If you are a national colleague, join me in my commitment to continually improve my practice of librarianship. In addition, if you live in Arizona, please work with me to restore school library programs in our state. Both commitments are for the benefit of our students, educators, families, communities, and nation.

Image Credit: Provided by AASL

The Phoenix and AASL

Perhaps like me, you have imagined, practiced, and reimagined your professional work over a number of years. This past year has been a transition period for me. Actually, I am still in a period of ambiguity and although I have been here before, it’s not the most comfortable place for me to be.

Fortunately, I prepared for my “premature” retirement by beginning to write my forthcoming book before leaving my associate professor position. Once again, writing “saved” me! (And when writing doesn’t reading does!) Maximizing School Librarian Leadership: Building Connections for Learning and Advocacy will be published in early spring 2018.

In the meantime, I am living the myth of the Phoenix and thinking about the connections between my professional life and the upcoming AASL Conference in Phoenix, Arizona.

Like the mythical Phoenix from Greek mythology, I consider myself a “long-lived” bird – member of the school librarian profession. I have been cyclically born and reborn through my service as a school librarian at all three instructional levels in six school libraries in three different school districts. Each administrator, faculty member, student population, and community presented learning opportunities and challenges. Transitioning between levels and schools always felt like a mini-death and rebirth.

My service to AASL has also be an essential and cyclical aspect of my professional life. From serving on AASL’s @your library® Committee, chairing the School Librarian’s Role in Reading Task Force, serving on the 2009 Standards and Guidelines Implementation Task Force, serving on and then chairing the Knowledge Quest Editorial Review Board, to present time serving on the Interdivisional School-Public Library Collaboration Task Force and chairing the Innovative Approaches to Literacy Task Force.

Like the Phoenix, I have always felt stronger in my knowledge and practice and more empowered in each successive position and committee appointment.

The same can be said for my work over a 21-year-period as an adjunct instructor, clinical assistant professor, and most recently a tenure-track faculty member. Each new group of students, each new course, each new semester presented a fresh opportunity to be regenerated.

Like the Phoenix, this blog, too, is experiencing a re-beginning. For four years along with fellow faculty members from across the country and last year as a solo blogger, we/I blogged on the Building a Culture of Collaboration @Edublogs.org site. Now with my own domain, I will continue to share the news, research, and musings that have always been the focus of this Web presence.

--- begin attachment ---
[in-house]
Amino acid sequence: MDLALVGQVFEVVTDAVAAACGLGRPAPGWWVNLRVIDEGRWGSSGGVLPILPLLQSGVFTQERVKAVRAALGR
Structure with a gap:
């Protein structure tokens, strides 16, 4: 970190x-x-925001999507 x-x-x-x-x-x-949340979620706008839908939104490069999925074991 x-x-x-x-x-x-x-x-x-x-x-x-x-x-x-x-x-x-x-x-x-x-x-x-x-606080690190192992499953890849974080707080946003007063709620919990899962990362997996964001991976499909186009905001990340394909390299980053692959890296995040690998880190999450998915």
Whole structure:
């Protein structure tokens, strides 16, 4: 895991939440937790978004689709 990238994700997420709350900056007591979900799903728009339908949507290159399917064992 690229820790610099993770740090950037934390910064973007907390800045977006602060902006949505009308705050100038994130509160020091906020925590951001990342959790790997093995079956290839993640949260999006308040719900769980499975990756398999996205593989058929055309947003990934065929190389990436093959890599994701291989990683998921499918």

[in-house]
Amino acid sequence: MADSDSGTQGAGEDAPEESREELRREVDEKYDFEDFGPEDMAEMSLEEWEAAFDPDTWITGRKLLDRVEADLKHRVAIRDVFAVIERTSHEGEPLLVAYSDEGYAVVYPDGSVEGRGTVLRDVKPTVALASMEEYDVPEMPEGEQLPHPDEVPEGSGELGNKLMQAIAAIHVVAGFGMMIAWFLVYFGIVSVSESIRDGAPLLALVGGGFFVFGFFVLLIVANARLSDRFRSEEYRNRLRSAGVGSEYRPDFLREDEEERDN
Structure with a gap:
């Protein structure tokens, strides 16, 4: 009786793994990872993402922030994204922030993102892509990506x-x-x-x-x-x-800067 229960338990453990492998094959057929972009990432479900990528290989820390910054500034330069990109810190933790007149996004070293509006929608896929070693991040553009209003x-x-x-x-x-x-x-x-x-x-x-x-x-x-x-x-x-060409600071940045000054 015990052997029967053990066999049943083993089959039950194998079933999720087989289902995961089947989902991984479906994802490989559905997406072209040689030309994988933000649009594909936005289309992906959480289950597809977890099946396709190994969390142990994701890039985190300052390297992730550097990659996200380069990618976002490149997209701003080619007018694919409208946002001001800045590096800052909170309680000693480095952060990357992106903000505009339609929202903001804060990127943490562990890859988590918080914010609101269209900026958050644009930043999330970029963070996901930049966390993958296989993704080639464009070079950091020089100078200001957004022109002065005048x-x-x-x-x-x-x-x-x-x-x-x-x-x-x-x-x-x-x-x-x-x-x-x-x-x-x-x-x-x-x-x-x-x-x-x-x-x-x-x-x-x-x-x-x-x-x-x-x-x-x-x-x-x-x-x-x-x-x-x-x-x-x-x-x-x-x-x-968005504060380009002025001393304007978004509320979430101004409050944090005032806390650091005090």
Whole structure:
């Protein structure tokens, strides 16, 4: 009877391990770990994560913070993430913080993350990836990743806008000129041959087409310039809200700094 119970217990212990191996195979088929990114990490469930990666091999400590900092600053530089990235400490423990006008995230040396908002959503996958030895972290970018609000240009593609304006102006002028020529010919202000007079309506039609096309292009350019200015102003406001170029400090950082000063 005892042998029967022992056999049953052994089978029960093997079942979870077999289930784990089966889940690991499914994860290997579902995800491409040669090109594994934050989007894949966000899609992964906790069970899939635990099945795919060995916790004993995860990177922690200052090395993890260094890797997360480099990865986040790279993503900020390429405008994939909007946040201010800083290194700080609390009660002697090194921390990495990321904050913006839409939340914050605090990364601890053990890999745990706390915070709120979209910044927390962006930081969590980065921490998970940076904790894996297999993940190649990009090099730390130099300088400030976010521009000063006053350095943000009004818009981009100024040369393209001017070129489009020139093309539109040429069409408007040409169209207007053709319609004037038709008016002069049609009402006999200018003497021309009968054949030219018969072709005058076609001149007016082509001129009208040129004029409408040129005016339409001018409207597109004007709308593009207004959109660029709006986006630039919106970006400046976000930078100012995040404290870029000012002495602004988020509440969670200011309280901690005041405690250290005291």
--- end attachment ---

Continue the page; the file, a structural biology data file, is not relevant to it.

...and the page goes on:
And to further the Phoenix connection, AASL will be rolling out the new standards and guidelines—another opportunity to re-energize our profession. The conference will be held in Phoenix from Wednesday, November 8th through Saturday, November 11th.

As I prepare for my rebirth as a full-time consultant, I am excited to have the opportunity to present an AASL conference session “Investing in Social Capital Counts” (Saturday, 11/11 at 3:10 p.m.) and serve on a panel “Leadership: Many Roles for School Librarians” (Friday, 11/10 at 10:10 a.m.). For me, the fact that “Beyond the Horizon” will be held in Phoenix creates a full-circle synchronicity with my professional life since I began my career as a school librarian and as a school librarian educator in Arizona and now live once again full time in the Sonoran Desert.

I hope you have also registered and are making your travel plans to attend the conference. In addition to this year’s official rollout of the new standards, AASL conferences are always a golden opportunity to learn and network with colleagues from across the country.

Next Monday, September 18th, AASL will hold the first Twitter chat focused on AASL’s “National School Library Standards.” To participate, follow #AASLStandards beginning at 6:00 p.m. Central Time.

Wishing you an exciting professional rebirth this academic year and looking forward to the chat next Monday…

Image Credit:
Leunert, Elisabeth. “Phoenix Bird.” Pixabay, 7 June 2016, pixabay.com/en/phoenix-bird-fire-bright-red-swing-1440452/.

Switch: How to Change Things When Change is Hard

While authoring my forthcoming book, I have read many professional books. This is the fifth in a series of professional book reviews–possible titles for your summer reading. The reviews are in no particular order.

Chip Heath and Dan Heath’s book Switch: How to Change Things When Change is Hard is a must-read for anyone seeking to change the behaviors of a group of people. I also found this book helpful for thinking about changes in my personal and family life as well.